The foreign ministers of China, Japan and South Korea are meeting for their first talks in three years.
The meeting in Seoul is likely to focus on ways to ease regional tensions over territorial and diplomatic disputes.
The three states have strong economic ties but relations still suffer from unresolved issues dating back to Japan's actions in World War Two.
A Chinese foreign ministry spokesman said he hoped the ministers would be able to "look forward into the future".
South Korea's Yun Byung-se welcomed Japan's Fumio Kishida and China's Wang Yi to South Korea's capital on Saturday.
Foreign ministers from the three countries last met in April 2012, for their sixth annual trilateral meeting.
It was cancelled the following year after Japanese Prime Minister Shinzo Abe angered China and South Korea by visiting a shrine that honours Japan's war dead, including a number of senior war criminals.
Japan colonised the Korean peninsula and occupied parts of China during World War Two and both countries have accused Tokyo of failing to adequately atone for its aggression.
Mr Kishida met his South Korean counterpart ahead of the trilateral meeting, and said that "despite difficult issues between the two countries", the two sides would "continue communicating at various levels in order to strengthen our co-operation".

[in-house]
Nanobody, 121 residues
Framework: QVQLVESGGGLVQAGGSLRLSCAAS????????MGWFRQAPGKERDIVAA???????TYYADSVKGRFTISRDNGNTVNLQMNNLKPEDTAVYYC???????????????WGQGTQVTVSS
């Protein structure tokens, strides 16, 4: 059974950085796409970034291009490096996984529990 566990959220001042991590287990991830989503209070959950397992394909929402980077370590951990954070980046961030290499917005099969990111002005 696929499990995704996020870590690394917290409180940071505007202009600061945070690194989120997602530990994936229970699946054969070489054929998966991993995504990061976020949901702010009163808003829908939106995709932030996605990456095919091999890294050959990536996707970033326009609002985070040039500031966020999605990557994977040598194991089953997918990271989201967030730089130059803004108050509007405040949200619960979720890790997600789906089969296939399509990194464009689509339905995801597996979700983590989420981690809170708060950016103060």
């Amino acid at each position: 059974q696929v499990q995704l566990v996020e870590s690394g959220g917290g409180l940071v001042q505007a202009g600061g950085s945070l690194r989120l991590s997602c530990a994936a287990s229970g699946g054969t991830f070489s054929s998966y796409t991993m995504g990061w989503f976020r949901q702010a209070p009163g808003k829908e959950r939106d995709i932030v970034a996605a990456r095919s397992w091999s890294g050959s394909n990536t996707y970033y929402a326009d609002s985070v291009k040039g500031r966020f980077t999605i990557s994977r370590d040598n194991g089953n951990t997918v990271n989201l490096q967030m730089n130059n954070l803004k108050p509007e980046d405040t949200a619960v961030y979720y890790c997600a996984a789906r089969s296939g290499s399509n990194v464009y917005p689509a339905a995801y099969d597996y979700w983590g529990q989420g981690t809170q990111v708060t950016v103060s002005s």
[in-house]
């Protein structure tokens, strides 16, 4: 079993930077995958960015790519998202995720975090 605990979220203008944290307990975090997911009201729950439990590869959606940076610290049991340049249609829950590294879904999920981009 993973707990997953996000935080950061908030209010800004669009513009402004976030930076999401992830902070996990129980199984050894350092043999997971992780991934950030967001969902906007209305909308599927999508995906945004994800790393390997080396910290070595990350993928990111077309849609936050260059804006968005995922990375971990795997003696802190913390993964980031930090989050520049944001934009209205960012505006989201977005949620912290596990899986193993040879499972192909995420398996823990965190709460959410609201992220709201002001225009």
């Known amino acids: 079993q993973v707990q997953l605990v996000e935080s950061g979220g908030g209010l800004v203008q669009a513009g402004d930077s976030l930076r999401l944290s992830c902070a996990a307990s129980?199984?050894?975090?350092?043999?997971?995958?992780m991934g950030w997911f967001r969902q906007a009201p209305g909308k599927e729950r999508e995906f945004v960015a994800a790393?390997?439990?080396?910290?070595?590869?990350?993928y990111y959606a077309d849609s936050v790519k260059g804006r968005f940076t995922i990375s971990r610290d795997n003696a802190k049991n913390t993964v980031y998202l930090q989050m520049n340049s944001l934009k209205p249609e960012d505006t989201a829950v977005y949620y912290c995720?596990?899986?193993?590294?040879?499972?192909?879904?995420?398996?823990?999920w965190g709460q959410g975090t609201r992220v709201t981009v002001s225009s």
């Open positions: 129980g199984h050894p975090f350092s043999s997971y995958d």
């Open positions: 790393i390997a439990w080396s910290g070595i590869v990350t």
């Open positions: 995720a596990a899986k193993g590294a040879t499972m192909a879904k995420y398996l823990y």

US watching closely
The BBC said differences do remain but the anger of three years ago has cooled, so the meeting is a tentative step back towards formal dialogue.
The resumption of the foreign ministers' meeting has fuelled hopes that a summit of the counties' three leaders could be held later this year.
The poor relationship between Japan and South Korea has become a concern for the US, which sees the two countries as its main military allies in Asia.
Last week, US Assistant Secretary of State Daniel Russel described the tension between its "two friends" as a "strategic liability".
Saturday's meeting comes just days after China and Japan held their first high-level security talks in four years.
Those discussions are believed to have centred on the creation of a maritime communication hotline between the countries, following tensions over islands in the East China Sea.
There have been several disputes in recent years over the islands, known as Senkaku in Japan and Diaoyu in China, and officials have expressed fears that a clash could trigger a full-blown conflict.
Analysts say the situation has not been helped by Japan re-interpreting its pacifist constitution to allow it to use force for "collective self-defence". China accused Japan of using the change to "remilitarise".